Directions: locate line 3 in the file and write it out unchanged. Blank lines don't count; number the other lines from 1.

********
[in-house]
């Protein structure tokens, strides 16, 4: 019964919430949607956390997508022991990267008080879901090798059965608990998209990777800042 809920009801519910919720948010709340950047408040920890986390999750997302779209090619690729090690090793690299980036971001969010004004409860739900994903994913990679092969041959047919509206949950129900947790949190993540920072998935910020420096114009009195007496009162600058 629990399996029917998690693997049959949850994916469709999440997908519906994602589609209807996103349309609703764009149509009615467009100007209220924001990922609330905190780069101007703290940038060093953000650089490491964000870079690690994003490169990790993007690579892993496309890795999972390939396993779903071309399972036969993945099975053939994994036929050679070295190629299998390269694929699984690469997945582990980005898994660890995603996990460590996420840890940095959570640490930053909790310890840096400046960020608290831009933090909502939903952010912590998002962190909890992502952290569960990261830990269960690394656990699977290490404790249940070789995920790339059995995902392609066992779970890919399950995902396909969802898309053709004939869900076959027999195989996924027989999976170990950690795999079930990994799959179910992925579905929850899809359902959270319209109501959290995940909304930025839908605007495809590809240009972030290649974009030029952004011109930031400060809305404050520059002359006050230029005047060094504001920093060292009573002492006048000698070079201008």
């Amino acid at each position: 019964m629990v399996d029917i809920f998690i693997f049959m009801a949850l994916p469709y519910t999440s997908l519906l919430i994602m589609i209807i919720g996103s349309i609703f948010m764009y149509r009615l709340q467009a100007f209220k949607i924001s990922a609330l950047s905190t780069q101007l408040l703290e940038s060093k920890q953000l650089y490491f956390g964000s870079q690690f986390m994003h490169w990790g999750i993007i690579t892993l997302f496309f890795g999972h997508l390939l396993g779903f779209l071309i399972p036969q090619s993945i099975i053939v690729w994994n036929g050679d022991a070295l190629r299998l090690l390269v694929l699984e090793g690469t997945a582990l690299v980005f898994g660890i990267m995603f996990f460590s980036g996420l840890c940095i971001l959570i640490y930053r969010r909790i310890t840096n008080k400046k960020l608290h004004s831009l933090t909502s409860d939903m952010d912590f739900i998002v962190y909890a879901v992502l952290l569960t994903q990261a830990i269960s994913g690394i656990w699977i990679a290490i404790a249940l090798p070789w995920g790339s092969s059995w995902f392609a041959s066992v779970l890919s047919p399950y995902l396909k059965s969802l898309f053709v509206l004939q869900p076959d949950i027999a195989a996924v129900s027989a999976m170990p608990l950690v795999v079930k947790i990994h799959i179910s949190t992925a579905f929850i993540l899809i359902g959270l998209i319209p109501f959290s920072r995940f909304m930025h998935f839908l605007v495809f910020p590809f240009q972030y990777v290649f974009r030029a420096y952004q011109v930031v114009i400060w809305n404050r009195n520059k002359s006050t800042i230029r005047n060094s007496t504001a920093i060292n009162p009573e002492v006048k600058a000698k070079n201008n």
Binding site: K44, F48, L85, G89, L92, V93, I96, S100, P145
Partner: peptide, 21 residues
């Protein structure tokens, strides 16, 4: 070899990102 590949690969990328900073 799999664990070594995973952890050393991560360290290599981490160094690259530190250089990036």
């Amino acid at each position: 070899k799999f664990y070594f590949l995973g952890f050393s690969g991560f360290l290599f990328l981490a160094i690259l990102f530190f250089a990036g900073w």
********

């Amino acid at each position: 019964m629990v399996d029917i809920f998690i693997f049959m009801a949850l994916p469709y519910t999440s997908l519906l919430i994602m589609i209807i919720g996103s349309i609703f948010m764009y149509r009615l709340q467009a100007f209220k949607i924001s990922a609330l950047s905190t780069q101007l408040l703290e940038s060093k920890q953000l650089y490491f956390g964000s870079q690690f986390m994003h490169w990790g999750i993007i690579t892993l997302f496309f890795g999972h997508l390939l396993g779903f779209l071309i399972p036969q090619s993945i099975i053939v690729w994994n036929g050679d022991a070295l190629r299998l090690l390269v694929l699984e090793g690469t997945a582990l690299v980005f898994g660890i990267m995603f996990f460590s980036g996420l840890c940095i971001l959570i640490y930053r969010r909790i310890t840096n008080k400046k960020l608290h004004s831009l933090t909502s409860d939903m952010d912590f739900i998002v962190y909890a879901v992502l952290l569960t994903q990261a830990i269960s994913g690394i656990w699977i990679a290490i404790a249940l090798p070789w995920g790339s092969s059995w995902f392609a041959s066992v779970l890919s047919p399950y995902l396909k059965s969802l898309f053709v509206l004939q869900p076959d949950i027999a195989a996924v129900s027989a999976m170990p608990l950690v795999v079930k947790i990994h799959i179910s949190t992925a579905f929850i993540l899809i359902g959270l998209i319209p109501f959290s920072r995940f909304m930025h998935f839908l605007v495809f910020p590809f240009q972030y990777v290649f974009r030029a420096y952004q011109v930031v114009i400060w809305n404050r009195n520059k002359s006050t800042i230029r005047n060094s007496t504001a920093i060292n009162p009573e002492v006048k600058a000698k070079n201008n």